We live in an increasingly rude world. Everyone seems to act as if they are more important and what they’re doing is more significant than anyone else.
To which one has to say: Really? This is really how he wants to begin, by reminding people that he’s one of the rudest sumbitches on the planet and someone who actually does think he is more important than anybody else on that planet? That he’s actually done more to increase rudeness, arrogance, and narcissism in Christianity than anybody’s ever done to reverse that tidal wave of anti-social behavior that his tribe now considers its entitled birthright, all thanks to him, his cruelty, his douche-bro attitude, his misogyny, his dishonesty, and his constant chest-thumping?
One of the immutable Laws of Rolltodisbelievium is this: the more far-fetched and outlandish and WTF a Christian’s accusation sounds, the more likely we’re hearing a projection from that person.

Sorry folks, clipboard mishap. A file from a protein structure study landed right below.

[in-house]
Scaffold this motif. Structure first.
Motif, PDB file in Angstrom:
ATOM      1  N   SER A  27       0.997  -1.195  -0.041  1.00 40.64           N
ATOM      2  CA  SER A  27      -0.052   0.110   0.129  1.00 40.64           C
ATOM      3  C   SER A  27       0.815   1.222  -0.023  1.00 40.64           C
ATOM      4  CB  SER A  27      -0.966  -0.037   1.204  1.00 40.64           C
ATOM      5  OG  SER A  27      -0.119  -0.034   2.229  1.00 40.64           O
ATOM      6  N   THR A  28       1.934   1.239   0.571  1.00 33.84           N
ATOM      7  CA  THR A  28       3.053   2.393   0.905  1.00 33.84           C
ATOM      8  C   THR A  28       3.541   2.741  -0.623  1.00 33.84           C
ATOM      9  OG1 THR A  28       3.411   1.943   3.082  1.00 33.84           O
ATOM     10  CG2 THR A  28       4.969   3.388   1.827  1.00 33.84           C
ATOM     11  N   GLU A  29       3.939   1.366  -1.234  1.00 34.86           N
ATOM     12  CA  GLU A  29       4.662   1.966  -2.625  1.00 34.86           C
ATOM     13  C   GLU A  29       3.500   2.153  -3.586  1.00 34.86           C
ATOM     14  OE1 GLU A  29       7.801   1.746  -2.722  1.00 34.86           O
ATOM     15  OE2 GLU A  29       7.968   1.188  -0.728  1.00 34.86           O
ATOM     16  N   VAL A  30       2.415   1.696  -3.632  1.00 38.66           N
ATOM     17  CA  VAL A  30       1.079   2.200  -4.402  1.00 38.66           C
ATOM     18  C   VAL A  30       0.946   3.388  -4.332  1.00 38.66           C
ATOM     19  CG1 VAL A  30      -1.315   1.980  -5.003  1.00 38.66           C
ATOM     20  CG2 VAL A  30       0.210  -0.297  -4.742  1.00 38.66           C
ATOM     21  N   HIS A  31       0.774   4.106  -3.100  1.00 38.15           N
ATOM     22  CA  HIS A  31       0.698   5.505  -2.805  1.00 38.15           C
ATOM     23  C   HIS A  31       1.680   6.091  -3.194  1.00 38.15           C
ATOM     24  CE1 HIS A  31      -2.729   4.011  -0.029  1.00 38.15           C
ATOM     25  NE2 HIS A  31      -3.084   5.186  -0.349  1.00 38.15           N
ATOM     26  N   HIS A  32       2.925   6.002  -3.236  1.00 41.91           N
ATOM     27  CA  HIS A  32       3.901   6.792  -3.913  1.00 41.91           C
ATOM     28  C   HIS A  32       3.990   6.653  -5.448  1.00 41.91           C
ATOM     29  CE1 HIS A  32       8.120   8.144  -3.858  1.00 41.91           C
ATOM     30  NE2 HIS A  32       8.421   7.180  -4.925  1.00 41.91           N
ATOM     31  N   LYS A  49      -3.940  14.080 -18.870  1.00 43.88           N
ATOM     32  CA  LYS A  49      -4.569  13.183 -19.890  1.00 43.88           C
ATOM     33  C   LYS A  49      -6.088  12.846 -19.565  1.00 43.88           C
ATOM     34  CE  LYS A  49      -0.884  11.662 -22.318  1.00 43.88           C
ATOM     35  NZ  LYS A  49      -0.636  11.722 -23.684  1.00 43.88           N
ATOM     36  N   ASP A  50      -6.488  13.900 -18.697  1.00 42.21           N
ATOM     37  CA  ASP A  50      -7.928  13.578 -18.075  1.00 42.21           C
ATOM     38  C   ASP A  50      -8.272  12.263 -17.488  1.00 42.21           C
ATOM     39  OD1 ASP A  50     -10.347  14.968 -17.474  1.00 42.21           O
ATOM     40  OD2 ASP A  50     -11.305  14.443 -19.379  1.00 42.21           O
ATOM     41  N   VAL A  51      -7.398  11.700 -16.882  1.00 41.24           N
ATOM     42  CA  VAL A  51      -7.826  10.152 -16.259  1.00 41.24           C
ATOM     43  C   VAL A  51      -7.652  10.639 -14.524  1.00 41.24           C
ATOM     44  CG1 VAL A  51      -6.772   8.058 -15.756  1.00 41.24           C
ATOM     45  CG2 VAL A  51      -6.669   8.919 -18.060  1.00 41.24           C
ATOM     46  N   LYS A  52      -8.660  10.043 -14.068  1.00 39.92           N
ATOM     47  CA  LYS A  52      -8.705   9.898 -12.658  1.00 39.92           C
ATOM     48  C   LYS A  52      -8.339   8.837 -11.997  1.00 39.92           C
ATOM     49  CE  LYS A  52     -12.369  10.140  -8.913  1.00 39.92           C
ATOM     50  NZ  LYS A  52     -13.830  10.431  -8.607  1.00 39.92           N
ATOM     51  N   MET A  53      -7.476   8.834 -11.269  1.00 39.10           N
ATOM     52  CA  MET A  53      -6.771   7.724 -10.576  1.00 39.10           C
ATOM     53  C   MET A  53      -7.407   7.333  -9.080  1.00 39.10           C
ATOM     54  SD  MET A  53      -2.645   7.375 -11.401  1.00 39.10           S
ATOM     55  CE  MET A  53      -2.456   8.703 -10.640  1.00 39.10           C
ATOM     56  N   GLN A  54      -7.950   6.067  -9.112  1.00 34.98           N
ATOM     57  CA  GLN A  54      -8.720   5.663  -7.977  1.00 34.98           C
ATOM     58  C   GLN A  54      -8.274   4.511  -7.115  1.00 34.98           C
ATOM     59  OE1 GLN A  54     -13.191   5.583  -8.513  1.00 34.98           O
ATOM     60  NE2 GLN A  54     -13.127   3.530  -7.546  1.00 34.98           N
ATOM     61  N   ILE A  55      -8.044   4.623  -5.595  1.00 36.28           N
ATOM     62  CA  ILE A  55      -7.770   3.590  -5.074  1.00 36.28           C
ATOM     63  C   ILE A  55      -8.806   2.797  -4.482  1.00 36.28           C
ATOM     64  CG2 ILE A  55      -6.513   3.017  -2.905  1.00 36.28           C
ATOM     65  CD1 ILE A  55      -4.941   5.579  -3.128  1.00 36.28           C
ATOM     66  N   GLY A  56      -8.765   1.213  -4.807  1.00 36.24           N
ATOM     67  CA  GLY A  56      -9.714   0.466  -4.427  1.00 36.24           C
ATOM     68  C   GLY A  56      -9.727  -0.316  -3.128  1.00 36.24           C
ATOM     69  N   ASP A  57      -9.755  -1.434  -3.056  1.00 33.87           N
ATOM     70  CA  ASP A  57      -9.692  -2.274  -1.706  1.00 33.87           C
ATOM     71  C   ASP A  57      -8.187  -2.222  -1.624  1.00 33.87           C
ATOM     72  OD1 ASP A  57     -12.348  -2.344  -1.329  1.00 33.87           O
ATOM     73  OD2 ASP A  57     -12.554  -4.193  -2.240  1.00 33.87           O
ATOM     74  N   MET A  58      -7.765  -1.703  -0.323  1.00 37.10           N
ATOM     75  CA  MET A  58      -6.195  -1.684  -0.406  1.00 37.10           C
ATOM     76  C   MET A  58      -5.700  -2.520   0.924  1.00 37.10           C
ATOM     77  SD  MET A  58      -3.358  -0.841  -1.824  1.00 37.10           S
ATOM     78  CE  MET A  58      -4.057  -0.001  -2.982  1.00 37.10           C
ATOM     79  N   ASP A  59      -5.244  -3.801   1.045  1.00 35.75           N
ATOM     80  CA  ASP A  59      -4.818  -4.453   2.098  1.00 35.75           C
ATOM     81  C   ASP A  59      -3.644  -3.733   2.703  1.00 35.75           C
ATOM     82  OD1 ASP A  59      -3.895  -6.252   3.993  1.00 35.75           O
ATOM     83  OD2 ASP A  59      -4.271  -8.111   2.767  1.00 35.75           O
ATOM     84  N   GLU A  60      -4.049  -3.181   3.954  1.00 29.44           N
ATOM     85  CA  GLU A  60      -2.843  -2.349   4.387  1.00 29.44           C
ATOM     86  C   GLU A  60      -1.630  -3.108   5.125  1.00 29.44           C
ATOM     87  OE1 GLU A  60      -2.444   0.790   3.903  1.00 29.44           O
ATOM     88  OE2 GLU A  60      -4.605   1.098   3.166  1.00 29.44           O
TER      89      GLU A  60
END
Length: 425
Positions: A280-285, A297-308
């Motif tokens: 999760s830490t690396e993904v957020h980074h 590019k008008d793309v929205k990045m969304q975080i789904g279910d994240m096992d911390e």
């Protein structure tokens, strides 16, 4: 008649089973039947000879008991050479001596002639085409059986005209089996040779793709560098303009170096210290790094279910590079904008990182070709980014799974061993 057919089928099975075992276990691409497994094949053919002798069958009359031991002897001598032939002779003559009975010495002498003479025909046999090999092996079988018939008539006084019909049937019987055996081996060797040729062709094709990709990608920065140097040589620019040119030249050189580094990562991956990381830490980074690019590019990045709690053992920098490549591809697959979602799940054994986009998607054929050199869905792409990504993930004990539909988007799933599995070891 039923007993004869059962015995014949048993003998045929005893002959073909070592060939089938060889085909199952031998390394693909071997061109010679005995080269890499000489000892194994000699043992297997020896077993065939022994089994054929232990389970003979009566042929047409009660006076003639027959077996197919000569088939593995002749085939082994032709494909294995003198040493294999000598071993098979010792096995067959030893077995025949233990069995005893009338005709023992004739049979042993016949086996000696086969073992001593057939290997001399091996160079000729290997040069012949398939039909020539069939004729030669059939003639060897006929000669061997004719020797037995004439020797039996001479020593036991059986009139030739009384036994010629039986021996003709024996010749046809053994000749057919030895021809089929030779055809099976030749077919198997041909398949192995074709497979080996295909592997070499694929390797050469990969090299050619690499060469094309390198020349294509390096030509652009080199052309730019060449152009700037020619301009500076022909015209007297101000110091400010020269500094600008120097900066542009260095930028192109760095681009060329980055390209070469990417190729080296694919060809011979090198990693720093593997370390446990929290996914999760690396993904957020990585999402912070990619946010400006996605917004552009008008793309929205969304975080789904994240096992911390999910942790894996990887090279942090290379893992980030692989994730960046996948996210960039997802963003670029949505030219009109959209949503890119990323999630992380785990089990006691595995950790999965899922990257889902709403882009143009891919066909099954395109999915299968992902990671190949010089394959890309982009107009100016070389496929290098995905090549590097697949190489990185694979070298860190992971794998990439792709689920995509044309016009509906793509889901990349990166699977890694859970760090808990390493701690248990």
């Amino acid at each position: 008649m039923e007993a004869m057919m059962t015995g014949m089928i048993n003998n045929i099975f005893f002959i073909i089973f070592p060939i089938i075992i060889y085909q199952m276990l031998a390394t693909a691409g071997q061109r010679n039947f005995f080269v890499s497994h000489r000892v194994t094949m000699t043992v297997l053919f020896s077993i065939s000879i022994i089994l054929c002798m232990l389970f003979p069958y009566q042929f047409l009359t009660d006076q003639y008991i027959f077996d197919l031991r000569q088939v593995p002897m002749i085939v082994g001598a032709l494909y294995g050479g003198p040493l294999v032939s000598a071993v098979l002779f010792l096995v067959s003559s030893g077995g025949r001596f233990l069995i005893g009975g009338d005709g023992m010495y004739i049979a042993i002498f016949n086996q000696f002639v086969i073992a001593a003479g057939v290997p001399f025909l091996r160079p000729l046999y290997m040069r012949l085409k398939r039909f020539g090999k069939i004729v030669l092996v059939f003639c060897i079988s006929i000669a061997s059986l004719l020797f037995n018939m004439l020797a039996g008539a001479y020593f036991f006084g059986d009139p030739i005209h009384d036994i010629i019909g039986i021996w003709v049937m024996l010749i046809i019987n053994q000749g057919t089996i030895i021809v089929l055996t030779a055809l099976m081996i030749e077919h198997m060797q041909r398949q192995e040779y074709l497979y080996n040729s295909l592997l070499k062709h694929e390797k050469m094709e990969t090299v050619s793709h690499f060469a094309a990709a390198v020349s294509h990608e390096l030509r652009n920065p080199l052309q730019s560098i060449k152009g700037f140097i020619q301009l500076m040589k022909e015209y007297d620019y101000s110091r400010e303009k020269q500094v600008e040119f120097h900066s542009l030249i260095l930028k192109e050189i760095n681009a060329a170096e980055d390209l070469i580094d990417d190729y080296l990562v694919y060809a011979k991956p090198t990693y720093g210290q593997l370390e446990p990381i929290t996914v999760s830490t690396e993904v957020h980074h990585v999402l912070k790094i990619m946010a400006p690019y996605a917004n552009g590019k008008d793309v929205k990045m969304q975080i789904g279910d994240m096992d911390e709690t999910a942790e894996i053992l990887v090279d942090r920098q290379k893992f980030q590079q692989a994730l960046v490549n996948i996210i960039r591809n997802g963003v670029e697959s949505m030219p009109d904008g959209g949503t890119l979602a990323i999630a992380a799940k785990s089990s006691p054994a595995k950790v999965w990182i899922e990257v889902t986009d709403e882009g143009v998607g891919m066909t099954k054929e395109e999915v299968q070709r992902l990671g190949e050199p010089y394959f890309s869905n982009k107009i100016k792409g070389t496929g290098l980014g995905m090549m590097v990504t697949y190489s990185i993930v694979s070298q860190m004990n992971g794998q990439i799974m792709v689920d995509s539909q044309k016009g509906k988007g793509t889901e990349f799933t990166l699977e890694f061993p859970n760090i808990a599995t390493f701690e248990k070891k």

This post of his is, therefore, just another attempt of his to make his own behavior seem normal–to make arrogant, narcissistic Christian dillholes-for-Jesus like himself seem like they’re just part of modern culture and a natural consequence of increasing secularization. He’s talking to people just like himself, and he’s using himself as the ur-example of the breed he’s criticizing. When he goes on to declare that “we’re all guilty of participating in our culture of rudeness,” that’s a flat-out attempt to distance himself from the evils he’s describing, much like any other Christian abuser would in assuming that why gosh anybody would rape an innocent child if provoked too far, I mean gosh, who hasn’t been there? Remember when Christians rushed to say that about Josh Duggar–and now come up with even worse things to say to try to excuse Roy Moore?